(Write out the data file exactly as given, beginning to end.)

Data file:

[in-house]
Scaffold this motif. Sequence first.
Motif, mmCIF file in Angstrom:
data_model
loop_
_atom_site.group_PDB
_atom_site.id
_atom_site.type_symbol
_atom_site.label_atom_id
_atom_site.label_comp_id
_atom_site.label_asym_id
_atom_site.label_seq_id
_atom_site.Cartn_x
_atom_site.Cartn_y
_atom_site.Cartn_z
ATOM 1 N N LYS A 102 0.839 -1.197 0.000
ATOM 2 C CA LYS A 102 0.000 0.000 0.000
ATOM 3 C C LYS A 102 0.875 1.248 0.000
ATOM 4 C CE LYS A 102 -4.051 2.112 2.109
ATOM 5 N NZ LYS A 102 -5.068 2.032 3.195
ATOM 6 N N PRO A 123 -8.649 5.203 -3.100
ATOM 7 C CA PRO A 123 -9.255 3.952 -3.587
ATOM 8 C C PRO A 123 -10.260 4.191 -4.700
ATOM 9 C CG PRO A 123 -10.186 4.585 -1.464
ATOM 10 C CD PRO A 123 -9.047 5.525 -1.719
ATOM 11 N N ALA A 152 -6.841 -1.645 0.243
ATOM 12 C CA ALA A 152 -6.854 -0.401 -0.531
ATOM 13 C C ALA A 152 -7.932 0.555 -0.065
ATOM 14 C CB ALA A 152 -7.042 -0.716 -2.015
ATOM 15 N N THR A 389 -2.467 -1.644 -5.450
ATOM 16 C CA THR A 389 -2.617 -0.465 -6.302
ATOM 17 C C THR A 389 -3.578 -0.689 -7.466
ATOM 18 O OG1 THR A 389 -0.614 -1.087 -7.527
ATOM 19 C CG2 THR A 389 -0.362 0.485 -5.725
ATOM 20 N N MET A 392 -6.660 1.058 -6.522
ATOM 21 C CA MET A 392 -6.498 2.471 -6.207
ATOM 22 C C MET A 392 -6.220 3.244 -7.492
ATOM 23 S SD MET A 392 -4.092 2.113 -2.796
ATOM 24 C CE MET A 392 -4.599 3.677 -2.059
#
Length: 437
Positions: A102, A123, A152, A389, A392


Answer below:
[in-house]
Scaffold this motif. Sequence first.
Motif, mmCIF file in Angstrom:
data_model
loop_
_atom_site.group_PDB
_atom_site.id
_atom_site.type_symbol
_atom_site.label_atom_id
_atom_site.label_comp_id
_atom_site.label_asym_id
_atom_site.label_seq_id
_atom_site.Cartn_x
_atom_site.Cartn_y
_atom_site.Cartn_z
ATOM 1 N N LYS A 102 0.839 -1.197 0.000
ATOM 2 C CA LYS A 102 0.000 0.000 0.000
ATOM 3 C C LYS A 102 0.875 1.248 0.000
ATOM 4 C CE LYS A 102 -4.051 2.112 2.109
ATOM 5 N NZ LYS A 102 -5.068 2.032 3.195
ATOM 6 N N PRO A 123 -8.649 5.203 -3.100
ATOM 7 C CA PRO A 123 -9.255 3.952 -3.587
ATOM 8 C C PRO A 123 -10.260 4.191 -4.700
ATOM 9 C CG PRO A 123 -10.186 4.585 -1.464
ATOM 10 C CD PRO A 123 -9.047 5.525 -1.719
ATOM 11 N N ALA A 152 -6.841 -1.645 0.243
ATOM 12 C CA ALA A 152 -6.854 -0.401 -0.531
ATOM 13 C C ALA A 152 -7.932 0.555 -0.065
ATOM 14 C CB ALA A 152 -7.042 -0.716 -2.015
ATOM 15 N N THR A 389 -2.467 -1.644 -5.450
ATOM 16 C CA THR A 389 -2.617 -0.465 -6.302
ATOM 17 C C THR A 389 -3.578 -0.689 -7.466
ATOM 18 O OG1 THR A 389 -0.614 -1.087 -7.527
ATOM 19 C CG2 THR A 389 -0.362 0.485 -5.725
ATOM 20 N N MET A 392 -6.660 1.058 -6.522
ATOM 21 C CA MET A 392 -6.498 2.471 -6.207
ATOM 22 C C MET A 392 -6.220 3.244 -7.492
ATOM 23 S SD MET A 392 -4.092 2.113 -2.796
ATOM 24 C CE MET A 392 -4.599 3.677 -2.059
#
Length: 437
Positions: A102, A123, A152, A389, A392